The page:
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Q&A with Education Project Assistant, Emily Hedley  

What is your role at the gallery?

I am the Education Project Assistant, I co-ordinate all the educational activities and projects at the gallery. Currently we have the START project, which involves children from eleven schools across Hastings and St Leonards, who make two visits to the gallery during the academic year. The programme includes children and young people from both primary and secondary schools many of who may not have visited a gallery before. They work with an artist in both sessions and also produce work in the classroom inspired by their visits. We then celebrate the work produced with a special event, where children and their families can see the work displayed in the studio.

Little People’s Jerwood Adventure is another project I’m working on at the moment, which is an early years project. We invite pre-school children and their families to the gallery for a two-hour adventure involving music, dance, play and creative artistic activities. The aim is to encourage children to actively explore the building from an early age. The workshops are advertised through the children’s centres in the local area. Some of these centres work with under privileged families who may not necessarily have the opportunity to visit the gallery.

Little People’s Jerwood Adventure continued this week. Can you tell us about how this project developed?

The gallery applied for some specific funding in order to put together Little People’s Jerwood Adventure. We received an Artswork Challenge Seed Fund from a charity named Artswork, who are working collaboratively with the Earlyarts network to encourage and build relationships between early years children and arts organisations in the South East. We worked with the local children’s centres on developing the project and approached artist, Ed Boxall, to aid us in delivering interactive and creative sessions at the gallery.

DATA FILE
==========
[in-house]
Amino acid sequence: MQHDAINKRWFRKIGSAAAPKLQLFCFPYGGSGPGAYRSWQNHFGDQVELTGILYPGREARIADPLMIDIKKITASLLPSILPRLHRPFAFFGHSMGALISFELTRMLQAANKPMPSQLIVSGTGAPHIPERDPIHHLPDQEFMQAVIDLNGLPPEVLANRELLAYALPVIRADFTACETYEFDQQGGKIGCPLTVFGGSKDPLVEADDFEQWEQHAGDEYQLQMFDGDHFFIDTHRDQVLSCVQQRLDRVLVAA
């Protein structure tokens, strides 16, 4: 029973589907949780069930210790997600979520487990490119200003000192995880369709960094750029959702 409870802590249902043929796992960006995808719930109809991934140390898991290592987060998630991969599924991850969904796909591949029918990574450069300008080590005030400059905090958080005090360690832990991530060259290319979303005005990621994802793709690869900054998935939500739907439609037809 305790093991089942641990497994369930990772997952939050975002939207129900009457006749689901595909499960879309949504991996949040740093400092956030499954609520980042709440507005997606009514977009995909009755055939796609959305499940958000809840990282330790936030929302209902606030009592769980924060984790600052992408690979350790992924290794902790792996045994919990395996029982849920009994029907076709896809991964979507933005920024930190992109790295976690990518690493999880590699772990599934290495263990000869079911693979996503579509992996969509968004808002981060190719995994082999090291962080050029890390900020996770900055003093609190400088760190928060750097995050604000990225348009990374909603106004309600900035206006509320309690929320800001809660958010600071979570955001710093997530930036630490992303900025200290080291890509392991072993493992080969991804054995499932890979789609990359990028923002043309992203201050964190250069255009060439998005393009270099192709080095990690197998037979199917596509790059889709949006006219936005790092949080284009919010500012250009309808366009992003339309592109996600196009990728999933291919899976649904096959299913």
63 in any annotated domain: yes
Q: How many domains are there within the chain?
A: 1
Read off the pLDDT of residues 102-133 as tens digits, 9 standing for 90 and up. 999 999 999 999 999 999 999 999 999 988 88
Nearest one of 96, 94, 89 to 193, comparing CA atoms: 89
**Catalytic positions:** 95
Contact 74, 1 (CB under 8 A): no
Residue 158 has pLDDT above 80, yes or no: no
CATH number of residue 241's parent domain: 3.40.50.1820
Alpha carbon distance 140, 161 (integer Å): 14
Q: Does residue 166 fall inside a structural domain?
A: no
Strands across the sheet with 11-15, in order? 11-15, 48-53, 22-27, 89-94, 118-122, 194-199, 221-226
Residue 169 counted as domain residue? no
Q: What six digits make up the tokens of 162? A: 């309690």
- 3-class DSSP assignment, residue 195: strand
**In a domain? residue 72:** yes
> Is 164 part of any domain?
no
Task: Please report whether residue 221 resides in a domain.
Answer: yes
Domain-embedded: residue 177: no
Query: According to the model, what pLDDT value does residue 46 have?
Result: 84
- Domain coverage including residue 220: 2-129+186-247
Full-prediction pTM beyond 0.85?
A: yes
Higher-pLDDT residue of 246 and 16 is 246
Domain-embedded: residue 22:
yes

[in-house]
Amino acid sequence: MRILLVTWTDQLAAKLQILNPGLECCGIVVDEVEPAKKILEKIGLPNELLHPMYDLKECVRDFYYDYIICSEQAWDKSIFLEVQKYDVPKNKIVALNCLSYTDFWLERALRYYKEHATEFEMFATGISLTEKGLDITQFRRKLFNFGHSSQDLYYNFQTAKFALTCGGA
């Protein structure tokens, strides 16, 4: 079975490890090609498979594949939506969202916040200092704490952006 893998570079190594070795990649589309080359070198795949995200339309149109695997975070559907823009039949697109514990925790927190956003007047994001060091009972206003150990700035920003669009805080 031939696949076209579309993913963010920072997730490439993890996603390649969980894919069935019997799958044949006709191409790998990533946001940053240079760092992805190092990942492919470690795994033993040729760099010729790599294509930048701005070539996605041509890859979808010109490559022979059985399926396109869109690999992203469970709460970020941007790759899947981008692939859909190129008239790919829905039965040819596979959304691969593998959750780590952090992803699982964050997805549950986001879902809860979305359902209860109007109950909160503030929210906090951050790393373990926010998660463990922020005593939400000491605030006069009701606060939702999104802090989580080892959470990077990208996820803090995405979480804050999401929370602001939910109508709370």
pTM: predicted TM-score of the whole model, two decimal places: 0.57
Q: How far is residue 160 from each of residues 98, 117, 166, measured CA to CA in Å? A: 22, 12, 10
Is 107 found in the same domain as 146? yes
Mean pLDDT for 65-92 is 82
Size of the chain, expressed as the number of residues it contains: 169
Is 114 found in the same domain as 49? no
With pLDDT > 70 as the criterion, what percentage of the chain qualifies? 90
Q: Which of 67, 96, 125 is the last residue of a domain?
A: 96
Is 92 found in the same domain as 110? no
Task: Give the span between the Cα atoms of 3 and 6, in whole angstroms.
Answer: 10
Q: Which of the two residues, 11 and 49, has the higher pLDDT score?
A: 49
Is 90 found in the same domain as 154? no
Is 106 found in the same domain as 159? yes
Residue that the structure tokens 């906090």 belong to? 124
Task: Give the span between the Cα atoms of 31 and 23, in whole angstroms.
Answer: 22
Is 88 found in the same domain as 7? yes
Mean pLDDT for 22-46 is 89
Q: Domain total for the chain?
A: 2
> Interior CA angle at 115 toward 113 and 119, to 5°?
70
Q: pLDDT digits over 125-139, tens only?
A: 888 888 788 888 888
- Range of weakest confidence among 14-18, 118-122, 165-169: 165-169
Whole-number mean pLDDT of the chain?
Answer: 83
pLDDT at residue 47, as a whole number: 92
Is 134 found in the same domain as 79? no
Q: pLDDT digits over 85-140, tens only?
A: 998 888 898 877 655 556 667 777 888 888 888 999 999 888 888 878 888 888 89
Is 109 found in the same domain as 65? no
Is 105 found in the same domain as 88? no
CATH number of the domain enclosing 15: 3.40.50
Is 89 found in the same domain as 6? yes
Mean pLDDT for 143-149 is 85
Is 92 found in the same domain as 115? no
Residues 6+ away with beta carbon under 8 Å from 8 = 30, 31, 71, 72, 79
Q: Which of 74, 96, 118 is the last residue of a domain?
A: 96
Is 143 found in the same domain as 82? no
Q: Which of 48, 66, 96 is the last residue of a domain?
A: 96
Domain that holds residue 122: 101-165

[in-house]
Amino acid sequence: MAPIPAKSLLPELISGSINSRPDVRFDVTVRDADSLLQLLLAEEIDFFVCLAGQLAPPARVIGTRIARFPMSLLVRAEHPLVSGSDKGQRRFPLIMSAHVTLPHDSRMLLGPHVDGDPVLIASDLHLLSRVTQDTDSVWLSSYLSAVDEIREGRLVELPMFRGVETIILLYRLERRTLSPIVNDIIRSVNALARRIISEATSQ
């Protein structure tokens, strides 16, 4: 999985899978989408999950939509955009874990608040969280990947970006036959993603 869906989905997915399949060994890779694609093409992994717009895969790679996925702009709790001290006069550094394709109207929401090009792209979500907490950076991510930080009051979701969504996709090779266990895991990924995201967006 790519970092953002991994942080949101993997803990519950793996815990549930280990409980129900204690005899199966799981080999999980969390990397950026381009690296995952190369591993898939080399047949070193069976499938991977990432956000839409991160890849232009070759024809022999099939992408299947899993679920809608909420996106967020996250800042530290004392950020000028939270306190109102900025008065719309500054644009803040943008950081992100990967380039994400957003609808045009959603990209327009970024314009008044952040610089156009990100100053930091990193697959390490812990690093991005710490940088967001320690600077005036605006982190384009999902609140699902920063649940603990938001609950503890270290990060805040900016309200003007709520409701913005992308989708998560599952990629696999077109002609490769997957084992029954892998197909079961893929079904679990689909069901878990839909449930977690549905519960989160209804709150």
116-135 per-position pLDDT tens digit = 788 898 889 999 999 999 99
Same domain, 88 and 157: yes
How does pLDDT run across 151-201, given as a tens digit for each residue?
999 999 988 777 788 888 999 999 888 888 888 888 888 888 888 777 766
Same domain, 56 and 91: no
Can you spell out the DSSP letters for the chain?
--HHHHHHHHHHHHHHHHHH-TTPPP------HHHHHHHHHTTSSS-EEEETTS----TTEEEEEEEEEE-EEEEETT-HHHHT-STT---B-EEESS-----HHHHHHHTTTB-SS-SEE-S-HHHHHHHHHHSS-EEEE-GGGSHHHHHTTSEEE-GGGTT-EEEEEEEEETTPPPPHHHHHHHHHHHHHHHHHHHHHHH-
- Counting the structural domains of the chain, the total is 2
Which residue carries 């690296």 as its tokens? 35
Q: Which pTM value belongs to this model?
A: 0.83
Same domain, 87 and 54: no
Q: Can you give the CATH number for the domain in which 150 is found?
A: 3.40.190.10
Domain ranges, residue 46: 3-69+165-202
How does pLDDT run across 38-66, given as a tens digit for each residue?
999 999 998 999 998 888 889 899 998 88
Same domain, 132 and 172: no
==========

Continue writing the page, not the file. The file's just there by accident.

What happened in this week’s session, what was the adventure?

Two little pebbles from Hastings beach go on an adventure around the gallery. They borrow one of Alfred Wallis’ boats and go sailing from room to room meeting various different creatures and characters along the way. There is a lot of singing and dancing. Ed Boxall, the artist, sings about the different creatures and at one point the children become octopuses! The pebbles then hop back on the boat and sail down to the studio. Ed and I set up the studio, recreating the boat the pebbles borrowed and the children climb up a ladder to get on to the deck before doing lots of painting and using cardboard and all sorts of different materials to make boat related items.

What is your highlight from this particular session?

I played a little bit more this session and got stuck in and helped make all sorts of different things. I helped one of the children, Emily (who happens to have the same name as me) make a sculpture of a boat for her Dad, as he likes boats. It was really great just to get messy with the children and make lots of stuff. This week was heavily influenced by the Alfred Wallis display, so boats were the main source of inspiration for the children. Previously we’ve had volcanoes and all sorts.

Are there any more adventures scheduled for the future?

Yes, there will be another Little People’s Jerwood Adventure on Monday 17 March (time TBC). The story changes every time because Ed adapts the narrative, taking into account what we currently have on display. Sometimes on the day Ed will have a particular idea, so the session is often free flowing and spontaneous. I would encourage those with pre-school children, whether you have been before or not, to come along and see what the next adventure will be.